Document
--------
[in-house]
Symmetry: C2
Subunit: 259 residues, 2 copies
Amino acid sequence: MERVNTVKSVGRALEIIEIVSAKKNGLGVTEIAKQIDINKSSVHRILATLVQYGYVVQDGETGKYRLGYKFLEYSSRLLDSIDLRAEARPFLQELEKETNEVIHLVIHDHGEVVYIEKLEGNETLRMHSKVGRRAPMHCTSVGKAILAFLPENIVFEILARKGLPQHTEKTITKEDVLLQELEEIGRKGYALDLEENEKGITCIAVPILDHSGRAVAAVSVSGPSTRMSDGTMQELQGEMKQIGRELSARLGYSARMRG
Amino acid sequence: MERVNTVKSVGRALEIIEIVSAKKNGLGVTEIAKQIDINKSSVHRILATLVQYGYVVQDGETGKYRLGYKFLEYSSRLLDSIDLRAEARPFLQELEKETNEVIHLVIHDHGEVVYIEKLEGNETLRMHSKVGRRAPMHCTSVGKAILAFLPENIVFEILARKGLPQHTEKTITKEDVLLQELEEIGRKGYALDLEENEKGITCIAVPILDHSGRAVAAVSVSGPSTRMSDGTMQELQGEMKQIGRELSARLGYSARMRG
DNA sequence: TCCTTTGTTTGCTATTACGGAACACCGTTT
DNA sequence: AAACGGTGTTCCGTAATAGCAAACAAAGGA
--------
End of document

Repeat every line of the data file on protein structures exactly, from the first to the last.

[in-house]
Symmetry: C2
Subunit: 259 residues, 2 copies
Amino acid sequence: MERVNTVKSVGRALEIIEIVSAKKNGLGVTEIAKQIDINKSSVHRILATLVQYGYVVQDGETGKYRLGYKFLEYSSRLLDSIDLRAEARPFLQELEKETNEVIHLVIHDHGEVVYIEKLEGNETLRMHSKVGRRAPMHCTSVGKAILAFLPENIVFEILARKGLPQHTEKTITKEDVLLQELEEIGRKGYALDLEENEKGITCIAVPILDHSGRAVAAVSVSGPSTRMSDGTMQELQGEMKQIGRELSARLGYSARMRG
Amino acid sequence: MERVNTVKSVGRALEIIEIVSAKKNGLGVTEIAKQIDINKSSVHRILATLVQYGYVVQDGETGKYRLGYKFLEYSSRLLDSIDLRAEARPFLQELEKETNEVIHLVIHDHGEVVYIEKLEGNETLRMHSKVGRRAPMHCTSVGKAILAFLPENIVFEILARKGLPQHTEKTITKEDVLLQELEEIGRKGYALDLEENEKGITCIAVPILDHSGRAVAAVSVSGPSTRMSDGTMQELQGEMKQIGRELSARLGYSARMRG
DNA sequence: TCCTTTGTTTGCTATTACGGAACACCGTTT
DNA sequence: AAACGGTGTTCCGTAATAGCAAACAAAGGA